Saturday, February 27, 2010

'Changes within Pak are not visible from India'

Why India should talk to Pakistan? Why is Pakistan unable to act against perpetrators of terror in Mumbai? What is the role of US and the UK in the bilateral issue? These and many such questions are addressed by Adrian Levy, distinguished British journalist and co-author of Deception: Pakistan, the United States, and the Secret Trade in Nuclear Weapons, in an exclusive two-part interview with's Sheela Bhatt.Levy was foreign correspondent for the London-based Sunday Times for seven years before joining the Guardian as senior correspondent. He has co-authored The Amber Room: The Fate of the World's Greatest Lost Treasure, and The Stone of Heaven: Unearthing the Secret History of Imperial Green Jade. Levy and his co-author Catharine Scott-Clarke are currently travelling in India and Pakistan with an aim to pen two books -- one on Kashmir  insurgency of the 90s and another on the ongoing changes within the Pakistani intelligence setup.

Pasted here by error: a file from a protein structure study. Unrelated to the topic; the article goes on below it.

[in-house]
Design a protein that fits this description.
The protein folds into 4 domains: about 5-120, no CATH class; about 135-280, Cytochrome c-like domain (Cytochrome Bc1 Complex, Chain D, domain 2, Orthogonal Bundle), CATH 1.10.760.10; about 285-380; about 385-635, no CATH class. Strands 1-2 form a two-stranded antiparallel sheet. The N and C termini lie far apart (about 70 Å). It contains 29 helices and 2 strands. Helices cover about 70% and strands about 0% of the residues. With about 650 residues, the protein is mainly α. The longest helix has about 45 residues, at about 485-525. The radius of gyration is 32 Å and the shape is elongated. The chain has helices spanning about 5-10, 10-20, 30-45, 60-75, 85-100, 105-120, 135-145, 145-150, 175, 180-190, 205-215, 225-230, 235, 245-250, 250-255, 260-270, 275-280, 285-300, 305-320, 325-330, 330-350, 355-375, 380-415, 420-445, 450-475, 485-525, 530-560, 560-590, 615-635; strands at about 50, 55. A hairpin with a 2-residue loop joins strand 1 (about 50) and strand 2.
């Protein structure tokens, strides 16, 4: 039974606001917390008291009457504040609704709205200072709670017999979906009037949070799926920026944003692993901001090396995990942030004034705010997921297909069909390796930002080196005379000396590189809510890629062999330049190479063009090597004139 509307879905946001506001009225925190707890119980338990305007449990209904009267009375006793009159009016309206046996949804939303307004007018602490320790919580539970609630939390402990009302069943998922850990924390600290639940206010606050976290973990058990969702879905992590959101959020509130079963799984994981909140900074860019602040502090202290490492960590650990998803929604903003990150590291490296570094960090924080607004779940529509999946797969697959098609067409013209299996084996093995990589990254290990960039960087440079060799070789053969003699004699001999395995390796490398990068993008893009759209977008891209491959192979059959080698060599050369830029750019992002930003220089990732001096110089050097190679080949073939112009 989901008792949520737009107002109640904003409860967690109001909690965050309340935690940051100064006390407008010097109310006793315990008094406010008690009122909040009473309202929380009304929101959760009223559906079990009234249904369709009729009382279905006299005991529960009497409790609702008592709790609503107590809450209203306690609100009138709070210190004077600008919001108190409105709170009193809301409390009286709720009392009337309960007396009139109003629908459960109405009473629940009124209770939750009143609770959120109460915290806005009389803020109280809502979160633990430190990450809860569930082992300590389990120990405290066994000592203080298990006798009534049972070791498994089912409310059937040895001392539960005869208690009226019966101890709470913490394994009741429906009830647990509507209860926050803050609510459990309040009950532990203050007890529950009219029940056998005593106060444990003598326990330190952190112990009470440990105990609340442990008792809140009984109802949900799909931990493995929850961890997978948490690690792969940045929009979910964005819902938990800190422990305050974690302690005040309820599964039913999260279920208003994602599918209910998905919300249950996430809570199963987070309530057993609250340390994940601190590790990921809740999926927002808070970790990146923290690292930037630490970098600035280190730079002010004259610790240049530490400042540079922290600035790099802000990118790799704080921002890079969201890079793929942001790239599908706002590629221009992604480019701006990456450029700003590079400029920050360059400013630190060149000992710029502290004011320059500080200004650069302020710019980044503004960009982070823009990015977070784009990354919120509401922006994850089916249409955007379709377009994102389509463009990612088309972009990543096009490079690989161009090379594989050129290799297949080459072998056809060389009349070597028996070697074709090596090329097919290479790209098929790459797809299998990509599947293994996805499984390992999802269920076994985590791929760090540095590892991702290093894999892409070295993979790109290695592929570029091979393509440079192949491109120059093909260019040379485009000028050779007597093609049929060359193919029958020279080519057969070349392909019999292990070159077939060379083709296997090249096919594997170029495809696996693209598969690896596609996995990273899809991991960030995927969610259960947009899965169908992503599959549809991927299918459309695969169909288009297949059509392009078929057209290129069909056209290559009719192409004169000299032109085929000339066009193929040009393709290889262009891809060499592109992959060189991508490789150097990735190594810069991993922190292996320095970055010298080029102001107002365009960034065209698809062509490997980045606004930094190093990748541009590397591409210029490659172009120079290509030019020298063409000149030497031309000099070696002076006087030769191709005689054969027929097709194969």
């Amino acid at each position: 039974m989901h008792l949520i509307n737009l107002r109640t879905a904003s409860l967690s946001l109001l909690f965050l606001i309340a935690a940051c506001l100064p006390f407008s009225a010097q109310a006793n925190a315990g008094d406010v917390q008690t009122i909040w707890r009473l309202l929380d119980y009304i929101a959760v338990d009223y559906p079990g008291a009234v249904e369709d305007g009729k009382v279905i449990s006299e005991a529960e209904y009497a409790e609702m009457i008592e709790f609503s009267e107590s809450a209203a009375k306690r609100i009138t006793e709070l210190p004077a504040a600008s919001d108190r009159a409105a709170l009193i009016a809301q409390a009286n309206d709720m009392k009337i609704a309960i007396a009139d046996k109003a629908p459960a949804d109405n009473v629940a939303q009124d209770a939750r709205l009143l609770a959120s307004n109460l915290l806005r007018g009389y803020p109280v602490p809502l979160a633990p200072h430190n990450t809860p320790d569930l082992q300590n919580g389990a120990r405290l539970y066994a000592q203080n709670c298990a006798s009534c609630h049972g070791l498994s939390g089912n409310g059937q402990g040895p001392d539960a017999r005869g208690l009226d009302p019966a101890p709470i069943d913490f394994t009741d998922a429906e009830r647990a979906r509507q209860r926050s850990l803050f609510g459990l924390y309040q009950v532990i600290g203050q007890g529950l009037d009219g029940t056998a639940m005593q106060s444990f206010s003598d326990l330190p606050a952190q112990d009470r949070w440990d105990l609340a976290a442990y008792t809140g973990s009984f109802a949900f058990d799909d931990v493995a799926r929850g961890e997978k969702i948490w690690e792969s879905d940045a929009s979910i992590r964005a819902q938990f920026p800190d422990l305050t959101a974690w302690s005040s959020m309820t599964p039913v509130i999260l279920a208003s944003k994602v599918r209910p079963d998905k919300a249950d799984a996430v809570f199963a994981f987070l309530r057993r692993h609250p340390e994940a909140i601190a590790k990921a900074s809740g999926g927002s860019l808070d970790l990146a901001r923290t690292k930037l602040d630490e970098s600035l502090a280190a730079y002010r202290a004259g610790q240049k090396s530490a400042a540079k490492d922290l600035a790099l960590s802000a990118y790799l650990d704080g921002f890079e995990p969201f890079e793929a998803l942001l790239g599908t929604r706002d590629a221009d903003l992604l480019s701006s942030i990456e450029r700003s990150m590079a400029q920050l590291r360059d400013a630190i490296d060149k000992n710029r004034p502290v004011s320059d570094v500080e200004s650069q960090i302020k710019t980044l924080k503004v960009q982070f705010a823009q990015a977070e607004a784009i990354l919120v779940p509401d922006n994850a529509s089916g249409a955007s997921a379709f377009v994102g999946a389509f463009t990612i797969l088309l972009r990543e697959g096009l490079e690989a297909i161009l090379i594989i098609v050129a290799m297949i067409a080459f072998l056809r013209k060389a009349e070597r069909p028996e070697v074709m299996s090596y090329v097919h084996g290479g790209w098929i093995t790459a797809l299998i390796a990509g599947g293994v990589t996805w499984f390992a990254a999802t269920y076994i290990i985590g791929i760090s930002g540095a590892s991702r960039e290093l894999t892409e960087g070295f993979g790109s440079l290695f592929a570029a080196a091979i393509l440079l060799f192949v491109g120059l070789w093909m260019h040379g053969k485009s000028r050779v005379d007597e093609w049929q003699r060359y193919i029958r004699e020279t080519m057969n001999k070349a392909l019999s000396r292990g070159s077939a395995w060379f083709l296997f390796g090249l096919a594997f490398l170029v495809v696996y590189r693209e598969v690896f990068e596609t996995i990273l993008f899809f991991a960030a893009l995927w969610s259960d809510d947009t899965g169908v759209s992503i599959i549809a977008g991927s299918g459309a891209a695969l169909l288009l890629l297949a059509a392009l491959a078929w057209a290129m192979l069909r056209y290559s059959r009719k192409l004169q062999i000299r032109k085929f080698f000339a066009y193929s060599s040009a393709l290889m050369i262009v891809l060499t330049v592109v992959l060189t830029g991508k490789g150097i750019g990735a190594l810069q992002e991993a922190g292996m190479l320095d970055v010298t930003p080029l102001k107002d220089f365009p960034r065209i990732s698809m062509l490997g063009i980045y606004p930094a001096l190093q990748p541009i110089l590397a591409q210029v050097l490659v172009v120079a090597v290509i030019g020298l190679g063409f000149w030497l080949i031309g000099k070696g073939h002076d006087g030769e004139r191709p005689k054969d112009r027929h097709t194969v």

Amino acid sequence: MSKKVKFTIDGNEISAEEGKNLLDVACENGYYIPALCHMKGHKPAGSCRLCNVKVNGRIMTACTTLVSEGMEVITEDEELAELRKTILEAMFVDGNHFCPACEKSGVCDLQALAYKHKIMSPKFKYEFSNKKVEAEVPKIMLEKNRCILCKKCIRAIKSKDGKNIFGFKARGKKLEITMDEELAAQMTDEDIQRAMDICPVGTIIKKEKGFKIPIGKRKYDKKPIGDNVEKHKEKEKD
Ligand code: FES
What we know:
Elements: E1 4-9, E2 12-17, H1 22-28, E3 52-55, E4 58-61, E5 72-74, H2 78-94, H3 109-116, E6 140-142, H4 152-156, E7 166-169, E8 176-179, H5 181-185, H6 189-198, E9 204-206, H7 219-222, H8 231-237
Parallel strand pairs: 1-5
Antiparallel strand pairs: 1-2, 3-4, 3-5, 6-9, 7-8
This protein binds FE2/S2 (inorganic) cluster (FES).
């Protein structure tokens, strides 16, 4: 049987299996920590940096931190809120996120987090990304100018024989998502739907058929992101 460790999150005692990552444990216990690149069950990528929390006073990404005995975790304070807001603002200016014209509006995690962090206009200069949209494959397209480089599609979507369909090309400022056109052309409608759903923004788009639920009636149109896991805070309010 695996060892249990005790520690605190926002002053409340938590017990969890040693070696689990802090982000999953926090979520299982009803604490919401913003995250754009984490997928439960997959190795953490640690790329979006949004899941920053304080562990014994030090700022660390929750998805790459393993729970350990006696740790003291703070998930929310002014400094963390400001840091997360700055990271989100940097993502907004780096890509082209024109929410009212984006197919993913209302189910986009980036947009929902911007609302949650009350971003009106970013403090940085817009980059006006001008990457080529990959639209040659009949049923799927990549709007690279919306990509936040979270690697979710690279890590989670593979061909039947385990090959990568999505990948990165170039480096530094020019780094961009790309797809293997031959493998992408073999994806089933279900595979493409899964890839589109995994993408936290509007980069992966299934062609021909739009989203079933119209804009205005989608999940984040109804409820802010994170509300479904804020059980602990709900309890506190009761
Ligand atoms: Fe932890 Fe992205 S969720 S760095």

How do you look at the India-Pakistan talks? 
I think it is significant. Some people are undermining it, like the ignominious Hafez Saeed, and some loudmouths from both side. It is significant as long as they talk. While some people say that there is nothing to be gained from talking, I think, the opposite is true. They argue that talking is a sign of weakness by India in view of what happened in Mumbai. I would argue that talking at this point is significant not for its goals but for the process itself, which needs to be started again. I am saying this for a specific reason.

Full interview here

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